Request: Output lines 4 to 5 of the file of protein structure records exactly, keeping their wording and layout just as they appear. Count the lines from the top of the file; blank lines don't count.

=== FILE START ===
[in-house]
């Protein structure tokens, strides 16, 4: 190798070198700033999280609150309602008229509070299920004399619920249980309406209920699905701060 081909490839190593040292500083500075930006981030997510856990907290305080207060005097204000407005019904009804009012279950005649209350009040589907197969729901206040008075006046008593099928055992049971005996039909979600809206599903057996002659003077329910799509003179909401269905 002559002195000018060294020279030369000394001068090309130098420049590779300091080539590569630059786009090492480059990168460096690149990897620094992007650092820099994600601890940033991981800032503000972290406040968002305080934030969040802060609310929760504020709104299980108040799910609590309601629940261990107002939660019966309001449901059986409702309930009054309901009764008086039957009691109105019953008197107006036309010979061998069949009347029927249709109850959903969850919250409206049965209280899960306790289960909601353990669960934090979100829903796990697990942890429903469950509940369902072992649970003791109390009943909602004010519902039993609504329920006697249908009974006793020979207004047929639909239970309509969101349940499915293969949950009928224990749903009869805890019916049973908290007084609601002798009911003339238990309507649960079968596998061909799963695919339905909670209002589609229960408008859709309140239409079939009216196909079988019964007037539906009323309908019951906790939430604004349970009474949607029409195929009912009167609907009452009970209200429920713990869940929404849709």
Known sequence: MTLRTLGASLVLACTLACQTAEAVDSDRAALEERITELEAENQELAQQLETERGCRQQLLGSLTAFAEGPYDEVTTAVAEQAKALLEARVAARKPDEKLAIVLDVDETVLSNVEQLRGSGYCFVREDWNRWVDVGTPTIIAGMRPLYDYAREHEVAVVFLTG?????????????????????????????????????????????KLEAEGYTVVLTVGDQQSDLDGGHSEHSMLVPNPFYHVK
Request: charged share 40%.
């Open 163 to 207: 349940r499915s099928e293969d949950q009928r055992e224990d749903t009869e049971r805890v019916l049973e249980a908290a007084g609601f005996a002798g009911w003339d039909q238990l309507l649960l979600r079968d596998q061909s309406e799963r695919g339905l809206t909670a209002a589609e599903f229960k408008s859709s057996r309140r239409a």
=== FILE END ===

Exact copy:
Request: charged share 40%.
């Open 163 to 207: 349940r499915s099928e293969d949950q009928r055992e224990d749903t009869e049971r805890v019916l049973e249980a908290a007084g609601f005996a002798g009911w003339d039909q238990l309507l649960l979600r079968d596998q061909s309406e799963r695919g339905l809206t909670a209002a589609e599903f229960k408008s859709s057996r309140r239409a």